174 Davenport Road, Toronto, Ontario, M5R 1J2

Heynen v. Frito-Lay Canada Ltd.

In this matter Ken was co-counsel in a wrongful dismissal action commenced against a former employer by an employee as a result of being dismissed while being jailed for a short period of time. The Plaintiff, Corry Heynen had worked for Frito-Lay Canada since 1970 for a total of 23 years. The evidence confirmed that for a period of 22 years from 1970 to 1992 he had been an excellent employee.

In November of 1992 he was charged with two criminal offences. These were not related to his employment and were the first criminal charges he ever had. In December of the same year he pleaded guilty to those charges. On January of 25, 1993, Mr. Heynen took a leave of absence from his employment to get a surgery. His employer allowed this leave and he was scheduled to come back to work on March 8. After his surgery he recovered at home and attended his sentencing hearing on February 12, 1993. Although facing minor charges and having no previous criminal record, he was surprisingly sentenced to four months and eighteen months probation.

A week after he was jailed, Mr. Heynen realized he had to tell his employer about the recent developments. Between March 5 and April 11, 1993, his supervisor visited him in jail three occasions. On the first occasion he asked him to resign. Mr. Heynen refused. On March 8, his medical leave of absence ended. During the next two visits, Mr. Heynen discussed different options. Ultimately, he was terminated on April 1.

Mr. Heynen considered his options and in October of 1993 he applied to the Employment Standards Branch of the Ministry of Labour. An officer was assigned to the case and advised Mr. Heynen on April 14, 1994 that he was entitled to severance pay in the amount of $18,955.52. He was unhappy with this award after 23 years of loyal service and and he commenced litigation. In order to proceed with litigation, Mr. Heynen had to initially argue that the officer decision was not final.

The Ontario Court of Justice, General Division dismissed his case with the Honorable Justice MacPherson stating that the officer’s decision was in fact final and that the doctrine of issue estoppel applied to this case resulting in the dismissal of Mr. Heynen’s case:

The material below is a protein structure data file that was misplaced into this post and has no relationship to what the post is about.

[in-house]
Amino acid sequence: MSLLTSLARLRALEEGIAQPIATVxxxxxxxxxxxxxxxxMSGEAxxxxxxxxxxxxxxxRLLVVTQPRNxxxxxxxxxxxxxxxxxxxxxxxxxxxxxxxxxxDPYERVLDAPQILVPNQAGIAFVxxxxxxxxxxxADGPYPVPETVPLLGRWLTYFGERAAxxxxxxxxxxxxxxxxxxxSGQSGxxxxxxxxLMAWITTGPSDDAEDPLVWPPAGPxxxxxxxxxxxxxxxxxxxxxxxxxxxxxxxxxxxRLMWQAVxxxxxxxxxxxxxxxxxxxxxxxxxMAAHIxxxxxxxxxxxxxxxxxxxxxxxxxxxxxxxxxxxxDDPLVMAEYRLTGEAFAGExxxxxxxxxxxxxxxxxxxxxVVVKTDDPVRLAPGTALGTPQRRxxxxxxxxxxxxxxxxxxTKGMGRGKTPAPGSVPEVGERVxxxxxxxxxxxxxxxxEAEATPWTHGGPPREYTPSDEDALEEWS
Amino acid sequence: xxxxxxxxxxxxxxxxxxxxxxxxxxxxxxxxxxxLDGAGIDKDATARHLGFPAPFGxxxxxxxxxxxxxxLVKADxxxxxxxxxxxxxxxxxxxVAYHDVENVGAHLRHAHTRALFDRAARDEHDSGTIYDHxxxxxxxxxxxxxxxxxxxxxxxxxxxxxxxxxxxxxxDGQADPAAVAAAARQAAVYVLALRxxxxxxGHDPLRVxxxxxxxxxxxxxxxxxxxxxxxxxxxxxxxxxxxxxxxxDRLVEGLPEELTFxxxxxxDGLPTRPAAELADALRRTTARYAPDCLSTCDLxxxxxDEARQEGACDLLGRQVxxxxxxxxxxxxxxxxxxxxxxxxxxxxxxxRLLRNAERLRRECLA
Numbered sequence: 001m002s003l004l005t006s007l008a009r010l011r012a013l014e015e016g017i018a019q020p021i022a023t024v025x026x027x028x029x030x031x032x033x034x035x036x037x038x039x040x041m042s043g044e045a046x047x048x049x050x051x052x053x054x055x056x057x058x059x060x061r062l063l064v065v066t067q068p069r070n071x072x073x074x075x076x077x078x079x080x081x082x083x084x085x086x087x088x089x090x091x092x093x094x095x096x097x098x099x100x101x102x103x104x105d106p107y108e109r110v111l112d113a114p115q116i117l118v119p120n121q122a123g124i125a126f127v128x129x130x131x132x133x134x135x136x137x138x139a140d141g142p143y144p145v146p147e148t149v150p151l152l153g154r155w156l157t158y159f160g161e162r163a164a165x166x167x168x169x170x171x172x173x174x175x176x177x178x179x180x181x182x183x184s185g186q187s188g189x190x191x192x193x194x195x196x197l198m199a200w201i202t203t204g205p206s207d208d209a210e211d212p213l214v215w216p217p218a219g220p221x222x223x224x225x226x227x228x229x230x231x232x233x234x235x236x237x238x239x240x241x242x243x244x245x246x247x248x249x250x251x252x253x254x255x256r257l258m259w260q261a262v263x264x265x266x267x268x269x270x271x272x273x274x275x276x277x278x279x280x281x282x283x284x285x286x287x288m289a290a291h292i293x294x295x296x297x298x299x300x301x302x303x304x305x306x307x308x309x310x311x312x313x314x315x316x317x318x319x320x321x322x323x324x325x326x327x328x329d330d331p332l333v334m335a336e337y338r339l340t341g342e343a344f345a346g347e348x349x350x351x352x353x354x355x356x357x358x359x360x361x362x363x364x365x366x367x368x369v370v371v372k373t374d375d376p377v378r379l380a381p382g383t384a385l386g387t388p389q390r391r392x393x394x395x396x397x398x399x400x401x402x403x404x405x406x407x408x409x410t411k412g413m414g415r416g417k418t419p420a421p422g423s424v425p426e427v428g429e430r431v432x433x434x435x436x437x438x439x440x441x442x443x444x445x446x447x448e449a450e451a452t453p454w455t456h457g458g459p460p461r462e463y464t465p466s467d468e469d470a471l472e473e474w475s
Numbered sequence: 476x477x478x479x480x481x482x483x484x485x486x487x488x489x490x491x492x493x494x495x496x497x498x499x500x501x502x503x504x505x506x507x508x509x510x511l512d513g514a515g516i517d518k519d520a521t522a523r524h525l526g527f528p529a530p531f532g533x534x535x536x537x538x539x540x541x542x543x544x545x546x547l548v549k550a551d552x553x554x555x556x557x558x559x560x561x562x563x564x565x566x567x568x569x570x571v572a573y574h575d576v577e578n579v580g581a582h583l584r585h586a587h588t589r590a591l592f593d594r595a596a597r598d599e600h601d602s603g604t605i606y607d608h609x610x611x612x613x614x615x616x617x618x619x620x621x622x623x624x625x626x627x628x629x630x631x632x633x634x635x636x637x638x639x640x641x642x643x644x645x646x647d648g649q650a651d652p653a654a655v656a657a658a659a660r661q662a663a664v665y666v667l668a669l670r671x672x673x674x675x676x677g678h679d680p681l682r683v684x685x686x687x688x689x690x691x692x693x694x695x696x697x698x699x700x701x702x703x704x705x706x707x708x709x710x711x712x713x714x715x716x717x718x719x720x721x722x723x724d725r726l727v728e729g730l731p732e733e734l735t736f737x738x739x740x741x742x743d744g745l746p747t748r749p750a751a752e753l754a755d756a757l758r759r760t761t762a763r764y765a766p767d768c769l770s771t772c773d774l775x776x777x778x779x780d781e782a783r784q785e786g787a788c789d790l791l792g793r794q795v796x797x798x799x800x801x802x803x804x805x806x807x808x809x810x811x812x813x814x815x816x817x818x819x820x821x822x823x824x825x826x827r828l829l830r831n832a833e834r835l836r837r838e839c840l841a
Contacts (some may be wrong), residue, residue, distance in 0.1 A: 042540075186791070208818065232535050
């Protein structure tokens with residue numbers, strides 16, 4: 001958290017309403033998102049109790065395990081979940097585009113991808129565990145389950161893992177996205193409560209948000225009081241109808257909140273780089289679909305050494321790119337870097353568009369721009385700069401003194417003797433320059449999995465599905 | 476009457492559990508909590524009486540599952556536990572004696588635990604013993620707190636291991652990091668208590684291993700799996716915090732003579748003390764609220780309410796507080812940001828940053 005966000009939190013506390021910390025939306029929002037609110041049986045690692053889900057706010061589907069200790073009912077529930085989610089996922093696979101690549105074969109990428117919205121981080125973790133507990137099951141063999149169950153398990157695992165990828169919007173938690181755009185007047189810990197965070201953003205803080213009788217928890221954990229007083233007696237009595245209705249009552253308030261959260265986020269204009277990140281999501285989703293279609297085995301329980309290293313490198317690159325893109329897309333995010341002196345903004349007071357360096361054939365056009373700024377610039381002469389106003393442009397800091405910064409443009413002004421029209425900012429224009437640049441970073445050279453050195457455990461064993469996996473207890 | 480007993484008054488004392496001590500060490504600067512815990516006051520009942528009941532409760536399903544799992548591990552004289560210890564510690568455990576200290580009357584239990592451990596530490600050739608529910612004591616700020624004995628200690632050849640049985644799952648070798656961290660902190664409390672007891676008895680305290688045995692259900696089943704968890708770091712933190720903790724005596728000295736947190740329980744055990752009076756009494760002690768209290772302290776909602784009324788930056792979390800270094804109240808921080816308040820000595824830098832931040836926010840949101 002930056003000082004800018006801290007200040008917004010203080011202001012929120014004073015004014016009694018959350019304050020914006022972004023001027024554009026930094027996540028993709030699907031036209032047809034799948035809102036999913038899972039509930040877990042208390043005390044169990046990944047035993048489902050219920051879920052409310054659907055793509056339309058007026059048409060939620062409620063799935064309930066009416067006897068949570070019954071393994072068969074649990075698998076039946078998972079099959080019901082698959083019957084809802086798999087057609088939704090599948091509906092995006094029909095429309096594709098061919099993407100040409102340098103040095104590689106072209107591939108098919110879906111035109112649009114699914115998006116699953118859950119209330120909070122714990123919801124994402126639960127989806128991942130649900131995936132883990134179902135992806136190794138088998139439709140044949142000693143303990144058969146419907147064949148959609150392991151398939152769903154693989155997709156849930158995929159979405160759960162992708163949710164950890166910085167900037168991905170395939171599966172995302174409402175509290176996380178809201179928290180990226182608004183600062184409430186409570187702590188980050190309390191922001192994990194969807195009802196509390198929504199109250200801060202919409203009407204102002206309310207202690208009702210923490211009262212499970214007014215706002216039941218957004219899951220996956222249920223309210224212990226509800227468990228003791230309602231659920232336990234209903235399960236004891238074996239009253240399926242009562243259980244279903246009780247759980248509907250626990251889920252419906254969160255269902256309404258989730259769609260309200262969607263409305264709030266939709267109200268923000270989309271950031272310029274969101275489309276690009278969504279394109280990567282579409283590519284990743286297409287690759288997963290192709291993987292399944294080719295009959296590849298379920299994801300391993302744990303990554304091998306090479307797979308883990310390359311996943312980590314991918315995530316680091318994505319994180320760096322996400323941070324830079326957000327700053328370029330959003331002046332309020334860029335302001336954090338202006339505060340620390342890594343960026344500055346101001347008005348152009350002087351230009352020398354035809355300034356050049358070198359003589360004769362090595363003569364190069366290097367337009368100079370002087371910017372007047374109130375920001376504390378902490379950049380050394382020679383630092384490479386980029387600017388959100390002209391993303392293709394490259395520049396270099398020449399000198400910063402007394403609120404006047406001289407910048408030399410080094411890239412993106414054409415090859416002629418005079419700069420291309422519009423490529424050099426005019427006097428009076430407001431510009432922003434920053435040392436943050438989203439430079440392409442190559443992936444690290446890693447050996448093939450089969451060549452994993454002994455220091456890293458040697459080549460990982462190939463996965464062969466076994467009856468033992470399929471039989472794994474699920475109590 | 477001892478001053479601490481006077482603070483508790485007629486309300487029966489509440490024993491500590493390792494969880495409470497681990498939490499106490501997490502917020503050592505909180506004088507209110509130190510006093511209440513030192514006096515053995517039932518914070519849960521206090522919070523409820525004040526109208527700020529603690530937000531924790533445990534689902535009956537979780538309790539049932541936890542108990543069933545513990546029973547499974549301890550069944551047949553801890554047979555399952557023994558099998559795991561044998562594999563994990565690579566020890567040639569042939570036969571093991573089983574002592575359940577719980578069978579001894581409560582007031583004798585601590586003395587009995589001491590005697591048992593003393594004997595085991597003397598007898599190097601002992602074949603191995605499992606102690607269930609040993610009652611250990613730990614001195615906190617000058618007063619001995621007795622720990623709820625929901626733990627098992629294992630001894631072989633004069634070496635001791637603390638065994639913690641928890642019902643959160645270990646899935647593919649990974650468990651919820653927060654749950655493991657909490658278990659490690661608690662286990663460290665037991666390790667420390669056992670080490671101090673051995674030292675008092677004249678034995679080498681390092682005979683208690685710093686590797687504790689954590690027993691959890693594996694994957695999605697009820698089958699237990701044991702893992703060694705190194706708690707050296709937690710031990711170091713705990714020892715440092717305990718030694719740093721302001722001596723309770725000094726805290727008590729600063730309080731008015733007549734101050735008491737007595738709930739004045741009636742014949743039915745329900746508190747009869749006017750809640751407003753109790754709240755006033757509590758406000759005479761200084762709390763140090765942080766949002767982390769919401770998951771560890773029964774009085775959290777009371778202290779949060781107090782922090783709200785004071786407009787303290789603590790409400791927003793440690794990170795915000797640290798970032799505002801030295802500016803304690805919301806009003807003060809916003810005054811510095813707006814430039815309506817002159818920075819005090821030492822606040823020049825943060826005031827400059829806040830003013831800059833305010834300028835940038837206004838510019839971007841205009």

“33 In my view, the doctrine of issue estoppel should be applied in this case. All three of the components of the doctrine — same question, final judicial decision and same parties — are present.”

Even though the case was dismissed, Justice MacPherson still commented on the issue of whether there was just cause to dismiss Mr. Heynen as follows:

“43 In my view, all of the factors enumerated by Lord Denning M.R. in this passage tell in favour of the plaintiff in the present case. Mr. Heynen had worked for Hostess for 23 years, he was an effective driver-salesman (see Mr. Henley’s letter of recommendation), when he was terminated he was only one month short of returning to work, and although it was important to get someone else to do his job in the meantime, it was also relatively easy to do so.

44 My conclusion is that, on the merits, Hostess did not have just cause to terminate Mr. Heynen on April 1, 1993.”

Although Mr. Heynen initially lost, the matter was appealed and Ken was successful in wining Mr. Heynen’s appeal at the Ontario Court of Appeal.

Mr. Heynen appealed the application of issue estoppel, while Frito-Lay Canada appealed Justice MacPherson’s finding that there was no just cause to terminate Mr. Heynen.

On the issue of estoppel, the Court of Appeal ruled ruled as follows:

“25 In summary, given the way this action has been framed by the parties, I conclude that the Employment Standards Act proceedings did not determine the same issue as that to be addressed in this litigation. This requirement of issue estoppel has not been met and the doctrine therefore does not preclude the action. The appeal on this issue must be allowed.”

The Court of Appeal also agreed with Justice MacPherson in determining that there was no just cause to dismiss Mr. Heynen:

“26 Turning to the issue raised by way of cross-appeal, MacPherson J. determined that the respondent did not have just cause to dismiss the appellant. As I have indicated I agree with this conclusion.”

The parties agreed that Mr. Heynen was to receive an additional ten and a half months pay in lieu of notice:

“33 The parties are agreed that the appropriate payment in lieu of notice is an additional 10 1 /2 months pay over and above the funds already received by the appellant as a result of the allowance of his claim for severance pay.”

Mr. Heynen’s appeal was allowed, his wrongful dismissal action succeeded, Frito-Lay Canada’s cross-appeal was dismissed. Although it took several years after his dismissal, Mr. Heynen was eventually successful in his claims against his former employer.

Even if an employee has been jailed for a short period of time, that does not mean that just cause exists for an employee’s termination. Mr. Heynen’s charges were unrelated to his employment. This case serves as a reminder that employers must carefully examine the circumstances and the law on dismissal before firing an employee.

Full citations:
Heynen v. Frito-Lay Canada Ltd., 1997 CarswellOnt 4416, [1997] O.J. No. 4569, 32 C.C.E.L. (2d) 183, 50 O.T.C. 179, 75 A.C.W.S. (3d) 299, 98 C.L.L.C. 210-003
Heynen v. Frito-Lay Canada Ltd., 1999 CarswellOnt 2929, [1999] O.J. No. 3560, 124 O.A.C. 341, 179 D.L.R. (4th) 317, 2000 C.L.L.C. 210-003, 45 O.R. (3d) 776, 46 C.C.E.L. (2d) 1, 91 A.C.W.S. (3d) 261